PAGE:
GEOLOGY OF THE BRADFORD SANDS
Known since the1860’s as the Oil Regions, western Pennsylvania has an oil history that predates European settlement. Many of the oil reservoirs are very near the surface, and the multiple fractures in the rocks allow for oil to seep to the surface. Native Americans for centuries have used the oil as a medicine and for waterproofing of canoes as well other objects. The first discovery of oil by Europeans from North America probably came in 1627 by a Franciscan missionary travelling near Cuba, New York.
The global petroleum industry first got its start in the Appalachian Basin in northwestern Pennsylvania. In Titusville, Pennsylvania, Cornel Drake drilled the first well with the intent of finding oil hit “black gold” in the summer of 1859, at a depth of only 69 1/2 feet (21.18 meters), forever changing the course of modern history.
Think of a basin as a broad region where sediments were deposited in the geologic past, even if no sediments are being deposited there today. For example, the Appalachian Basin is currently high above sea level, located largely in mountainous terrain, and is no longer a basin. However, 300 million years ago, during the Devonian Period, thick accumulations of mud, sand, and organic material settled at the bottom of a shallow sea that was once located here. The alteration of these sediments, and the “cooking” (Maturation) of organic-rich muds is what gives us oil, natural gas and coal.
Most of the reservoirs in Pennsylvania are Devonian and Mississippian aged sandstones. These rocks are part of the western extent of the Catskill Delta, a thick wedge of sandstones, siltstones and shales that were deposited into a shallow sea beginning 400 million years ago. The source of these deposits came from tall mountains, located at this time near the current Hudson River of New York State. Highly porous sandstones became interbedded with shales in western Pennsylvania and New York. In many cases, the shales act as both source rock and trap rock for the hydrocarbons. The main trap types are structural and stratigraphic. Anticlines run parallel to the axis of the Appalachian Basin itself, trapping oil and natural gas. Stratigraphic traps are formed by alternating shale and sandstone layers. Some of these sandstone layers are not continuous and are trapped on all sides by shale. These form”pods” of sand known as “lenses”, and act as an effective hydrocarbon trap in the Appalachian Basin and elsewhere. Pennsylvania oil is very high quality crude, with considerably less impurities than most oil produced in the United States. Because less work in the refineries is necessary before the product hits the market, Pennsylvania oil is slightly more valuable than oil from most other places.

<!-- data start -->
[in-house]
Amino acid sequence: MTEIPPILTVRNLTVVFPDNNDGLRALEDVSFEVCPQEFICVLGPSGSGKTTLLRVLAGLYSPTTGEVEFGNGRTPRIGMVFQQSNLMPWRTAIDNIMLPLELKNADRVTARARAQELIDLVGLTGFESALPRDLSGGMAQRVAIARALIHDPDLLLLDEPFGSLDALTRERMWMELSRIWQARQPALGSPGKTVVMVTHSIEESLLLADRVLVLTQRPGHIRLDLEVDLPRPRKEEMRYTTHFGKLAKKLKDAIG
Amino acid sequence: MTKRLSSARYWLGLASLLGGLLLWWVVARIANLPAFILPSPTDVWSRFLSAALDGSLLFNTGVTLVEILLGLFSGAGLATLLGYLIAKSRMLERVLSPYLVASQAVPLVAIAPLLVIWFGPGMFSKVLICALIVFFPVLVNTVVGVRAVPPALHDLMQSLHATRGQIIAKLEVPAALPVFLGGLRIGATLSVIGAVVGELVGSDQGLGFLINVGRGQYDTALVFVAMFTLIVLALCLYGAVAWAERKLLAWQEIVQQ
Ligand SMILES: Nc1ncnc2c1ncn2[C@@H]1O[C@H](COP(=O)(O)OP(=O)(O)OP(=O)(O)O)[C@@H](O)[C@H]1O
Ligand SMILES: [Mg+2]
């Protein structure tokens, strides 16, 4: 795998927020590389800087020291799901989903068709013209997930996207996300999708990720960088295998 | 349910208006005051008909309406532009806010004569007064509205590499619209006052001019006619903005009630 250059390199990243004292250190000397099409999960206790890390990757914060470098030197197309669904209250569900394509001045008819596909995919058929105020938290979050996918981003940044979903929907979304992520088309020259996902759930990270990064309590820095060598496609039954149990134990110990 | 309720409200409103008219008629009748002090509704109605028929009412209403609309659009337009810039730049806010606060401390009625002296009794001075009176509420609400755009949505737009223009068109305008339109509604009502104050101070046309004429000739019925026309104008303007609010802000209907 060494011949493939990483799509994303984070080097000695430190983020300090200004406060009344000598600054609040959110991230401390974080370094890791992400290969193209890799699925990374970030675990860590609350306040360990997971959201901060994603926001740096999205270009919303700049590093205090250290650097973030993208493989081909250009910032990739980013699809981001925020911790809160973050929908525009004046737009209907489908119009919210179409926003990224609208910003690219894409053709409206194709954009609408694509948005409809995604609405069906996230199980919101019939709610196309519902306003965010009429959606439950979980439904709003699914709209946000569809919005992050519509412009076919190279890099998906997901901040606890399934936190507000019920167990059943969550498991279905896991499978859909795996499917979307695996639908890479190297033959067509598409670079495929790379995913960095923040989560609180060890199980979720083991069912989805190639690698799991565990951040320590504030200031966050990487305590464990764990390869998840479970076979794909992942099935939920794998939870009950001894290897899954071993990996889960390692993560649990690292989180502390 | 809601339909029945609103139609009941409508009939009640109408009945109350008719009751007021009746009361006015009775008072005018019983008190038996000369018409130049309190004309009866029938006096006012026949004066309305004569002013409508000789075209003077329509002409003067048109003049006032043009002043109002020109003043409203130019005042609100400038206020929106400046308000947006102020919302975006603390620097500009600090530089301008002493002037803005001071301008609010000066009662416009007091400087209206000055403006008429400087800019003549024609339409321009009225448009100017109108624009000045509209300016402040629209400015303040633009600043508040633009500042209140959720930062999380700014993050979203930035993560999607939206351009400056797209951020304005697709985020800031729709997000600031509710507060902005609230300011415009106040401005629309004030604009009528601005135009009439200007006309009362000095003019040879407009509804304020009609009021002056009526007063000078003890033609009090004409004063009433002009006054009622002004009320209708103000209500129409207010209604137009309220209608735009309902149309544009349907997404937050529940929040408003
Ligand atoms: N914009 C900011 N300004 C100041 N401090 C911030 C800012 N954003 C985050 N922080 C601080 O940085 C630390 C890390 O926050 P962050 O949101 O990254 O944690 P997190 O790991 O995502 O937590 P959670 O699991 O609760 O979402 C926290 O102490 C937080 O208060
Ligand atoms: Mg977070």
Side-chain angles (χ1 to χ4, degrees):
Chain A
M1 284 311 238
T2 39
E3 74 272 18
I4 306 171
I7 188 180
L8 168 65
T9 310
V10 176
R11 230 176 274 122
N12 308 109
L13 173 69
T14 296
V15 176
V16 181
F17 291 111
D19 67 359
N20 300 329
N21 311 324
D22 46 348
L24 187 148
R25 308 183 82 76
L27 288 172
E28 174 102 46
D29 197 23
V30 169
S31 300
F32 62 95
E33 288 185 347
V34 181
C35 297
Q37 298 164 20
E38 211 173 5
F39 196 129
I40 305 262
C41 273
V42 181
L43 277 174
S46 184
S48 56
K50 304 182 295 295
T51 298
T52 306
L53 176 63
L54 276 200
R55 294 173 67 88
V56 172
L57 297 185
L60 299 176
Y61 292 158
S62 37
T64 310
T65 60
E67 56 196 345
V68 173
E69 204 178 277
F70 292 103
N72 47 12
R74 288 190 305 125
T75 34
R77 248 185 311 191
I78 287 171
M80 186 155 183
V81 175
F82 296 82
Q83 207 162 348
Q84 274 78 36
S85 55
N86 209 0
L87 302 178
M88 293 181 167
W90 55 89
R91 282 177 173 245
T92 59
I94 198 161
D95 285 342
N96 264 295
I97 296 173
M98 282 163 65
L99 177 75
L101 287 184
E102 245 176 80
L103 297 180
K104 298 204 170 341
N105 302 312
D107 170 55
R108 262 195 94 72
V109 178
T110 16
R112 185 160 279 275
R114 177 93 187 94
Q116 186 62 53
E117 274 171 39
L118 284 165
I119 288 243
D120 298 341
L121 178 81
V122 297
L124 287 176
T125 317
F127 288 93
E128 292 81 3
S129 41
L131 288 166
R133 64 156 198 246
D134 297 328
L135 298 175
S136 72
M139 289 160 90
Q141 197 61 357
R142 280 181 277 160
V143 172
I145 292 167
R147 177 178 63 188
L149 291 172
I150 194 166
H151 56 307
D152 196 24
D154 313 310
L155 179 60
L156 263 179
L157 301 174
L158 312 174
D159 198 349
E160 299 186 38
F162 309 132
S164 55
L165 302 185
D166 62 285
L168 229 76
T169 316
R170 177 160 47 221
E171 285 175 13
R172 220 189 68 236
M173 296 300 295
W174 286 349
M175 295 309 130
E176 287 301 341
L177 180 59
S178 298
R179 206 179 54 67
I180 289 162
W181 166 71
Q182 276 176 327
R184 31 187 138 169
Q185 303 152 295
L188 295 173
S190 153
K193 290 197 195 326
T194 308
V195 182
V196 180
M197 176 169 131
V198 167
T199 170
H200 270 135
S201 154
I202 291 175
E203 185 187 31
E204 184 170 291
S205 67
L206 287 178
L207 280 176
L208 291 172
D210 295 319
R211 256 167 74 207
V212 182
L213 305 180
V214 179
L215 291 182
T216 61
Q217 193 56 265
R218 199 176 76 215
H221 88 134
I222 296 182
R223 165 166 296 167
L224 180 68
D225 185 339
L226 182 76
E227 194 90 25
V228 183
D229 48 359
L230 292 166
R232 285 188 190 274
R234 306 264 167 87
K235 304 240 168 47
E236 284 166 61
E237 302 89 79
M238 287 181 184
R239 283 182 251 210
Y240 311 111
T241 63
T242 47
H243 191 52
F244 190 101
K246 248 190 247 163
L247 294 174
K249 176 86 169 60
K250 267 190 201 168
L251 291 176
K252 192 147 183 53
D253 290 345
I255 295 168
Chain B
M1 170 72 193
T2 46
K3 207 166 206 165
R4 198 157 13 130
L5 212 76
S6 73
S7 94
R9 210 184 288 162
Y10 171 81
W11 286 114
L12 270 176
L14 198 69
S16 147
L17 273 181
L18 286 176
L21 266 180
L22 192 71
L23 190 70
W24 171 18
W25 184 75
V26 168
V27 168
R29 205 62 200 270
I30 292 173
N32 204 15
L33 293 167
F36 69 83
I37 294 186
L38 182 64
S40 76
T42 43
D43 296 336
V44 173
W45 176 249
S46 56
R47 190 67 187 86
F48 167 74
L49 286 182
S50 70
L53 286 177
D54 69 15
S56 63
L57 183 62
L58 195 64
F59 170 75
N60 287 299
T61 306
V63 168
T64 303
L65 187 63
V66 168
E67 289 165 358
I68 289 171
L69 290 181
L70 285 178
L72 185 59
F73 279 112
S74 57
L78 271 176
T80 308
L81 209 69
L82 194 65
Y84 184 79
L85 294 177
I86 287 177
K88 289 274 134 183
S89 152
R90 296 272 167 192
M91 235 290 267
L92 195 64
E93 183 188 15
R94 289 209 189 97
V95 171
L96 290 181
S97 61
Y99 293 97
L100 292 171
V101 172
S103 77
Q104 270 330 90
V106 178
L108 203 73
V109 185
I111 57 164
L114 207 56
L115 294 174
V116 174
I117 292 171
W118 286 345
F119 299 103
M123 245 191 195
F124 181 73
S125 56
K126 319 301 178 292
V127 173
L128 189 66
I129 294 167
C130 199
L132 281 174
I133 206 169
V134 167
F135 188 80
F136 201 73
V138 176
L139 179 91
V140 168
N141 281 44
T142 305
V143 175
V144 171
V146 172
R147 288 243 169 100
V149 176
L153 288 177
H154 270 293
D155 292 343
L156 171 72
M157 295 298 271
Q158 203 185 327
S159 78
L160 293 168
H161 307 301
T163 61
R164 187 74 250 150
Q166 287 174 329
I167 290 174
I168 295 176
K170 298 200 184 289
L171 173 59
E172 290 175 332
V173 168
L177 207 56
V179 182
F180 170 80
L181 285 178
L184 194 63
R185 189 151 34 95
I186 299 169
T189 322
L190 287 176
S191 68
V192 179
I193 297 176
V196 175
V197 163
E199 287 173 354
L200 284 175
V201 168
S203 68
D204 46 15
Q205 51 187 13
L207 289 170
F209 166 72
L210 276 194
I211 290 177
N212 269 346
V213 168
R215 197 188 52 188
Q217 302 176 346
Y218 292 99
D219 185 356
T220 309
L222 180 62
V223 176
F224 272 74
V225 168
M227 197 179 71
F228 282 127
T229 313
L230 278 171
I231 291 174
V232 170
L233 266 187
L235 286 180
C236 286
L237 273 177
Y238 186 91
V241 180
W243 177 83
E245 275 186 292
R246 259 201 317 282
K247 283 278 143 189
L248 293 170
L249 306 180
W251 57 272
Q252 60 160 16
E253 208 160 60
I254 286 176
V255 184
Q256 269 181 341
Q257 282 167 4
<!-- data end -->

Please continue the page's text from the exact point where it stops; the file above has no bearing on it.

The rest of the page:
The most prolific oil field in the region is the Bradford oil field in northwestern Pennsylvania (McKean county) and extending into extreme southwestern New York (Cattaraugus County). Here, the oil comes from the upper Devonian Bradford sands, which are about 1000 feet (~300 meters) below ground and up to 90 feet in thickness. These reservoir sandstones and siltstones are not only thick, but are much more horizontally widespread than other reservoir rocks in the region. The trap is mostly stratigraphic (the reservoir sands are actually part of an ancient river delta that was surrounded by mud), though it does rest at the crest of an anticline. In 1881, this field produced an incredible 83% of the USA’s total oil output. Since its discovery in 1871, Bradford field has produced more than 1/2 billion barrels of oil. (The Paleontological Research Institution).